Covid, climate, cyber…of the big three scourges currently stalking the globe, Europe was at least spared this week of any known large-scale cyberterrorist attack. It was a bad week regarding the other two, however. The delta variant continues its ruthless stalking of a population still having trouble reaching its vaccination targets. If last Sunday’s UEFA championship match in Wembley Stadium, overflowing with more than 60,000 humans frenetically cheering on Italy or England, turns out to be the superspreader event many expect then the Covid numbers are likely to be even worse in the weeks ahead. Meanwhile a devastating climate event has left Germany with massive economic damage from flooding and a death toll already surpassing 100, with hundreds more missing and more rains expected in the days ahead.
Europe started the year as an object of desire for global investors – a rather rare state of being for a region that has chronically underperformed US equities over a very long time. The chart below shows the relative performance of the Stoxx Euro 600, a regionwide benchmark equity index, against the S&P 500 for the past 30 years. Over this time the US index retuned more than double the level of its European counterpart.
This chronic record of underperformance, exacerbated by Europe’s prolonged financial crisis during the first half of the 2010s, left shares of many of the region’s best companies significantly undervalued relative to their high-flying US peers. As 2021 got underway many investors saw this as an opportunity: cheap, high-quality stocks on the cusp of a robust economic recovery, with a potential added boost coming from an appreciating euro against the US dollar. Regional bourses like the German DAX outperformed the S&P 500 during the first couple months of the year.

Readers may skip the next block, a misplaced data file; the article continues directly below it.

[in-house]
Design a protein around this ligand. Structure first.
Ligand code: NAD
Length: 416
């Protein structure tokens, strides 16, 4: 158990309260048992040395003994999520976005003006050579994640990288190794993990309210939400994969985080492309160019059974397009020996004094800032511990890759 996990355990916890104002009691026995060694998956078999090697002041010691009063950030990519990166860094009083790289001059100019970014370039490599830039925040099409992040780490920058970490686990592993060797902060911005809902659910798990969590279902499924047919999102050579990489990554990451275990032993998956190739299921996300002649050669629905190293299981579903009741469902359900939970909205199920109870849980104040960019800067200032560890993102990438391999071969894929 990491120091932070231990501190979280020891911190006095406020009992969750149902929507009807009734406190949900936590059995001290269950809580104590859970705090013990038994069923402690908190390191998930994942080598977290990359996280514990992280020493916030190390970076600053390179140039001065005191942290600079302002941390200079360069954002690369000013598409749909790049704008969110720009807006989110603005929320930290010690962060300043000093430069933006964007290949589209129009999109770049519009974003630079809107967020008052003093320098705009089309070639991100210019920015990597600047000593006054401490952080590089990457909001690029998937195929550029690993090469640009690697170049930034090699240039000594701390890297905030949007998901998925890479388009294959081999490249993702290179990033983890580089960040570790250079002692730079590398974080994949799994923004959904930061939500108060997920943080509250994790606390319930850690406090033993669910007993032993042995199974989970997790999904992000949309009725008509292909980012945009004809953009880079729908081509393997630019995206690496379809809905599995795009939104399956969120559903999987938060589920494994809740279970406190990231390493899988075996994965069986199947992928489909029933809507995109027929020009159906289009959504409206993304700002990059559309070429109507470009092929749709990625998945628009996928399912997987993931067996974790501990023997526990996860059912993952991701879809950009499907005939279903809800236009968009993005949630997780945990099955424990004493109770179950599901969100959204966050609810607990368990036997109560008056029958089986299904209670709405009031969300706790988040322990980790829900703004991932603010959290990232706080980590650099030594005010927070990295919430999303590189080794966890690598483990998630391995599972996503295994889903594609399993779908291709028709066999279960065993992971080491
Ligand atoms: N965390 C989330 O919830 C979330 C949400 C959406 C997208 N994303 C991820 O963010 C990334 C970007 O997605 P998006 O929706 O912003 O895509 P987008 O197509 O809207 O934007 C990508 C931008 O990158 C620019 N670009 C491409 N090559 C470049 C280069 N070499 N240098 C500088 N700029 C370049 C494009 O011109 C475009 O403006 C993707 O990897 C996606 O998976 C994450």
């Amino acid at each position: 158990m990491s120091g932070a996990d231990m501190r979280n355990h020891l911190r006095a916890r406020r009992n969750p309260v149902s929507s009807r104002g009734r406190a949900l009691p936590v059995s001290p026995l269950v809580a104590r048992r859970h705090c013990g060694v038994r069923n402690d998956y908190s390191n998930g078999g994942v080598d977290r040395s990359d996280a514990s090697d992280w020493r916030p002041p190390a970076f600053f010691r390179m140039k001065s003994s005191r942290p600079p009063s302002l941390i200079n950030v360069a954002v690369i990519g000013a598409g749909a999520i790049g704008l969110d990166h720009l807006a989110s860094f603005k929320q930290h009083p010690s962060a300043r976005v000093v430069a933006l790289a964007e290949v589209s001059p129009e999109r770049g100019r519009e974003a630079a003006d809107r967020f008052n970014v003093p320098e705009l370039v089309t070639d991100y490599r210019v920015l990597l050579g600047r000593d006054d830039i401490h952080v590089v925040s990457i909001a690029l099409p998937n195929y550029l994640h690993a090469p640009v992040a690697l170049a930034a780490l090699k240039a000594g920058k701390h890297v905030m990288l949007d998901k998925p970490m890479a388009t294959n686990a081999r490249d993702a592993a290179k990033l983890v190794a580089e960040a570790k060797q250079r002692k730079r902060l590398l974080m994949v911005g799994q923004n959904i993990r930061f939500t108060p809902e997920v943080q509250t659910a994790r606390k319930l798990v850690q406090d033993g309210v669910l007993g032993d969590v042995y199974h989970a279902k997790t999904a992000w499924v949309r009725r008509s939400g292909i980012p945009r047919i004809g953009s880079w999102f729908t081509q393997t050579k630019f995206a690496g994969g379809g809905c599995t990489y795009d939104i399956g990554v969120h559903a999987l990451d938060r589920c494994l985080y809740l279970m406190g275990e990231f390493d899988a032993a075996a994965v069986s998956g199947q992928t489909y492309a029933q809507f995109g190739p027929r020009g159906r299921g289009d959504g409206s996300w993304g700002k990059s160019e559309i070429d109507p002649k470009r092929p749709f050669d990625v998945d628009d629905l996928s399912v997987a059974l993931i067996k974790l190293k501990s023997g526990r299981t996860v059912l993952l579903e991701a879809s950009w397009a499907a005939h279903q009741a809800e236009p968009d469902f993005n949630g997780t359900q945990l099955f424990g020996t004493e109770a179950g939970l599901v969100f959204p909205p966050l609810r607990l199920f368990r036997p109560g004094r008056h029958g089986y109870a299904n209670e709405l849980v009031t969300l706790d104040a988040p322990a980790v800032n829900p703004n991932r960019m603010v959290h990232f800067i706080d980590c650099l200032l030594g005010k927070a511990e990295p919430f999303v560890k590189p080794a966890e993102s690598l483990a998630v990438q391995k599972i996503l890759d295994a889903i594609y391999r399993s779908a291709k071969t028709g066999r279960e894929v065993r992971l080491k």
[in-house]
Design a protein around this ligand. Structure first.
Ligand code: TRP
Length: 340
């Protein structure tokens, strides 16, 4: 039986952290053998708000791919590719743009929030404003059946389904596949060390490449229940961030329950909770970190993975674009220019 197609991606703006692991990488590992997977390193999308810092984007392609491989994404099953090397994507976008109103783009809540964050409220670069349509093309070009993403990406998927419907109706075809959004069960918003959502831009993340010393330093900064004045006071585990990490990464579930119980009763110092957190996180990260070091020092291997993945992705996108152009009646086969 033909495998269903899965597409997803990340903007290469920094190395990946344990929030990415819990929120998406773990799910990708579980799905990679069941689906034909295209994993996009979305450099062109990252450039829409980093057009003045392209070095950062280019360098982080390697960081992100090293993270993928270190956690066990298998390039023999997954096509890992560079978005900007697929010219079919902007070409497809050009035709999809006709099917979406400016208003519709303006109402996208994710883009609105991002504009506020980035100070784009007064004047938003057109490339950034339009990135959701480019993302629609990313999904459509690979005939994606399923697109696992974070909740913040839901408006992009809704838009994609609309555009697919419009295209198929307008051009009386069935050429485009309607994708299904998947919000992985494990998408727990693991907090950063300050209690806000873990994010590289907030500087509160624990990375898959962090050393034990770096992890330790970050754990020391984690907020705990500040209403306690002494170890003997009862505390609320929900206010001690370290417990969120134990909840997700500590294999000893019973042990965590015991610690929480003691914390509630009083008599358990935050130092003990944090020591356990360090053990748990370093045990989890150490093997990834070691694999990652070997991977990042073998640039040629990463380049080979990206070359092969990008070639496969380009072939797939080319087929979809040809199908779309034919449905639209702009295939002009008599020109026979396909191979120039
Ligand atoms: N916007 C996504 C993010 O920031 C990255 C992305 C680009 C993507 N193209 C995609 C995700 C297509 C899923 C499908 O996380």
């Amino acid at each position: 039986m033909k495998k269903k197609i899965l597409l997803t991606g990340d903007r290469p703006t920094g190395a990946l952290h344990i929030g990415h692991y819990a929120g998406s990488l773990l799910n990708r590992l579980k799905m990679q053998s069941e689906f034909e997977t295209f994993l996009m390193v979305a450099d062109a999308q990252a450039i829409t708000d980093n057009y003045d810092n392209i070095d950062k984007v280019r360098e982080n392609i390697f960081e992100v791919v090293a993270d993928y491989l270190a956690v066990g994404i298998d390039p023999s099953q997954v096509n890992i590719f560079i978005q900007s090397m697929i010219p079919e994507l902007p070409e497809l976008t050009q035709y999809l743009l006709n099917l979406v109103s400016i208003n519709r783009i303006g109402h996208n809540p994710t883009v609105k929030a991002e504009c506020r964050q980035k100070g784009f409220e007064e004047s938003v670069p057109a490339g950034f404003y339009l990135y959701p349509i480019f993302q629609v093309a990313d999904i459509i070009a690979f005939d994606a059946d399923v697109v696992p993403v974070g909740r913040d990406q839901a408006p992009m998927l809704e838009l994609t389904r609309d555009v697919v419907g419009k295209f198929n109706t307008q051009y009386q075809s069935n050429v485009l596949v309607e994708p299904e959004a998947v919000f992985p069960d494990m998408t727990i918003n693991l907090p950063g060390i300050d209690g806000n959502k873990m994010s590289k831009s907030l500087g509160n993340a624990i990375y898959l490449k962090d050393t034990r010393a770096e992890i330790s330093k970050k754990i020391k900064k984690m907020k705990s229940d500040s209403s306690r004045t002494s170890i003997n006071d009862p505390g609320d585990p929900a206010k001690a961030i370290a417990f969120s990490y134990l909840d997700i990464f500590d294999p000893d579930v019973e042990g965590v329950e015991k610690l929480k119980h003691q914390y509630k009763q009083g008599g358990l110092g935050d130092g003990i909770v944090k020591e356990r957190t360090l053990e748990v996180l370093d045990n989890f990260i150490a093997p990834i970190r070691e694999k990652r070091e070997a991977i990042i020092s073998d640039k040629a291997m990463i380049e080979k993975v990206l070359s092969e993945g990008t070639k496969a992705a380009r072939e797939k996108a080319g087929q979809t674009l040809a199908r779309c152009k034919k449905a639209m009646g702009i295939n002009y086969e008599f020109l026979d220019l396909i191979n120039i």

But the region’s botched handling of the initial vaccine distribution process, the persistence of high daily case rates for Covid and a euro rally that failed to materialize all contributed to throwing a wet blanket on the Euroequities revival party. A return to lockdowns of varying degrees of severity occurred across much of the continent. High-end industrial production, which is a much bigger component of Europe’s economic output than is the case in the US, flagged as some of its key export markets had to deal with their own ongoing Covid battles. Since the middle of last month US and European stocks have sharply diverged, as seen in the chart below.
One of the prominent differences between benchmark indexes for US and European stocks is the much smaller percentage of technology companies in the latter. Technology shares comprise just 7.2 percent of the Stoxx Euro 600. The S&P 500’s technology sector – along with Alphabet, Facebook, Amazon, Netflix and Tesla (which are in other sectors but commonly thought of as tech companies) makes up about 46 percent of that benchmark’s total market capitalization.
That difference matters in many ways, not least of which is that in the US the megacap tech platforms have become something of a safety valve – a defensive play in some ways not unlike what sectors like utilities or defense manufacturers have traditionally been. In the past month or so these companies have accounted for almost half of the total price performance of the S&P 500. It is thus not unduly surprising that European markets have been unable to keep up over this time period.
Is Europe still a good bet? There should still be some upside to the recovery story as the more draconian social distancing measures come to an end. The region is likely to experience less inflation in the months ahead than the US, to the extent that trend stays in focus. But that long-term price performance chart is sobering. Perhaps the US will not be able to outperform Europe indefinitely. But figuring out when the mean reversion kicks in is likely to be a thorny problem.